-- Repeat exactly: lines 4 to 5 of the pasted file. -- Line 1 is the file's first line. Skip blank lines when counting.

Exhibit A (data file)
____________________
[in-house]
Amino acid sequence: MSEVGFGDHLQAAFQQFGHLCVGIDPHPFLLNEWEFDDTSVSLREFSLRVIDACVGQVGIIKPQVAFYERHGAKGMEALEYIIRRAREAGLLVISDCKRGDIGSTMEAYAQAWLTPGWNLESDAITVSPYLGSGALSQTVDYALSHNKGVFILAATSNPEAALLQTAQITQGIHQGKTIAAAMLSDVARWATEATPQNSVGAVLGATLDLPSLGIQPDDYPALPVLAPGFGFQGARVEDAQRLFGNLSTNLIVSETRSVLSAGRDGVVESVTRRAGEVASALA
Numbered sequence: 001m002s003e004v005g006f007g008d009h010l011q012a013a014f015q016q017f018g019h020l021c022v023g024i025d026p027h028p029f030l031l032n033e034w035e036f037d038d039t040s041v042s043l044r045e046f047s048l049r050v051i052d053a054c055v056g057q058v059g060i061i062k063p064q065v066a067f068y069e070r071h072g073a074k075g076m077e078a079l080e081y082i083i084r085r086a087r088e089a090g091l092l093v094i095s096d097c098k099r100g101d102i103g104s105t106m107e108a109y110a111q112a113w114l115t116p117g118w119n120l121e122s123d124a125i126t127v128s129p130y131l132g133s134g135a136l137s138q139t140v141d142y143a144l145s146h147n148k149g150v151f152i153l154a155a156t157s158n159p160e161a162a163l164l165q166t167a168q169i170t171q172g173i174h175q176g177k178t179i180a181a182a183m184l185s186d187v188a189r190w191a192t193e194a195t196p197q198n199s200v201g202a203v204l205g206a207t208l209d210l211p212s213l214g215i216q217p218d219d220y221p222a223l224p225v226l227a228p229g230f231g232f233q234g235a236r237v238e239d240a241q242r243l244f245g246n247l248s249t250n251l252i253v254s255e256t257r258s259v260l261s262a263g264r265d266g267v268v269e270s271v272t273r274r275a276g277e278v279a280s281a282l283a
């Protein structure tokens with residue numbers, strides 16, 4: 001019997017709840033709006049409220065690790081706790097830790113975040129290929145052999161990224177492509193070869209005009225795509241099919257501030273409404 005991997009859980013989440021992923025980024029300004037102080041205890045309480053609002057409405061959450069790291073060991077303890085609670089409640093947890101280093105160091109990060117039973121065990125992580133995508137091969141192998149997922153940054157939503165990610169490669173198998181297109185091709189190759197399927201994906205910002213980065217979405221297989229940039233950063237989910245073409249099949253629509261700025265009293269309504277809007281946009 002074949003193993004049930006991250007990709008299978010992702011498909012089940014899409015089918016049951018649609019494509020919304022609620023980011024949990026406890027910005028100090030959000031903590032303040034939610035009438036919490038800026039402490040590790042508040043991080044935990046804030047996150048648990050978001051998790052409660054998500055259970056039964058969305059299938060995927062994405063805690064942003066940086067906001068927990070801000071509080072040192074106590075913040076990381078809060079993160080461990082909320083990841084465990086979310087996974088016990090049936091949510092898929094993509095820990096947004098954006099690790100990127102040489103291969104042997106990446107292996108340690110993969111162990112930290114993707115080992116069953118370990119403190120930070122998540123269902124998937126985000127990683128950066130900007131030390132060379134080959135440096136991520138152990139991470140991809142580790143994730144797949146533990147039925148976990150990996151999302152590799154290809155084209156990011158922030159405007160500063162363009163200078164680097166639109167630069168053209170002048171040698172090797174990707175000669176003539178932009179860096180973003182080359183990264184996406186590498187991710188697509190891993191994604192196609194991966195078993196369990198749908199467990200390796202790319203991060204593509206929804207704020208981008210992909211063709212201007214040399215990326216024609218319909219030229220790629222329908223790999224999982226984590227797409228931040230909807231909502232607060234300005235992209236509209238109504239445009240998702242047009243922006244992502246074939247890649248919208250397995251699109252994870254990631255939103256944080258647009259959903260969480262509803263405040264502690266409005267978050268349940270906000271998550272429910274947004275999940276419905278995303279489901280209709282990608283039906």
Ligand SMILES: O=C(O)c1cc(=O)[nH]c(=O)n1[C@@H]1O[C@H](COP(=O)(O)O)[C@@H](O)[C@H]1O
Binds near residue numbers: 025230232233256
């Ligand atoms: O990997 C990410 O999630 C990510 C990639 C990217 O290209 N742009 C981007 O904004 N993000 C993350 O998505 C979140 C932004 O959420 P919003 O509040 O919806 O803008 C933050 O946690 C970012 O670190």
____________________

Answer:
């Protein structure tokens with residue numbers, strides 16, 4: 001019997017709840033709006049409220065690790081706790097830790113975040129290929145052999161990224177492509193070869209005009225795509241099919257501030273409404 005991997009859980013989440021992923025980024029300004037102080041205890045309480053609002057409405061959450069790291073060991077303890085609670089409640093947890101280093105160091109990060117039973121065990125992580133995508137091969141192998149997922153940054157939503165990610169490669173198998181297109185091709189190759197399927201994906205910002213980065217979405221297989229940039233950063237989910245073409249099949253629509261700025265009293269309504277809007281946009 002074949003193993004049930006991250007990709008299978010992702011498909012089940014899409015089918016049951018649609019494509020919304022609620023980011024949990026406890027910005028100090030959000031903590032303040034939610035009438036919490038800026039402490040590790042508040043991080044935990046804030047996150048648990050978001051998790052409660054998500055259970056039964058969305059299938060995927062994405063805690064942003066940086067906001068927990070801000071509080072040192074106590075913040076990381078809060079993160080461990082909320083990841084465990086979310087996974088016990090049936091949510092898929094993509095820990096947004098954006099690790100990127102040489103291969104042997106990446107292996108340690110993969111162990112930290114993707115080992116069953118370990119403190120930070122998540123269902124998937126985000127990683128950066130900007131030390132060379134080959135440096136991520138152990139991470140991809142580790143994730144797949146533990147039925148976990150990996151999302152590799154290809155084209156990011158922030159405007160500063162363009163200078164680097166639109167630069168053209170002048171040698172090797174990707175000669176003539178932009179860096180973003182080359183990264184996406186590498187991710188697509190891993191994604192196609194991966195078993196369990198749908199467990200390796202790319203991060204593509206929804207704020208981008210992909211063709212201007214040399215990326216024609218319909219030229220790629222329908223790999224999982226984590227797409228931040230909807231909502232607060234300005235992209236509209238109504239445009240998702242047009243922006244992502246074939247890649248919208250397995251699109252994870254990631255939103256944080258647009259959903260969480262509803263405040264502690266409005267978050268349940270906000271998550272429910274947004275999940276419905278995303279489901280209709282990608283039906």
Ligand SMILES: O=C(O)c1cc(=O)[nH]c(=O)n1[C@@H]1O[C@H](COP(=O)(O)O)[C@@H](O)[C@H]1O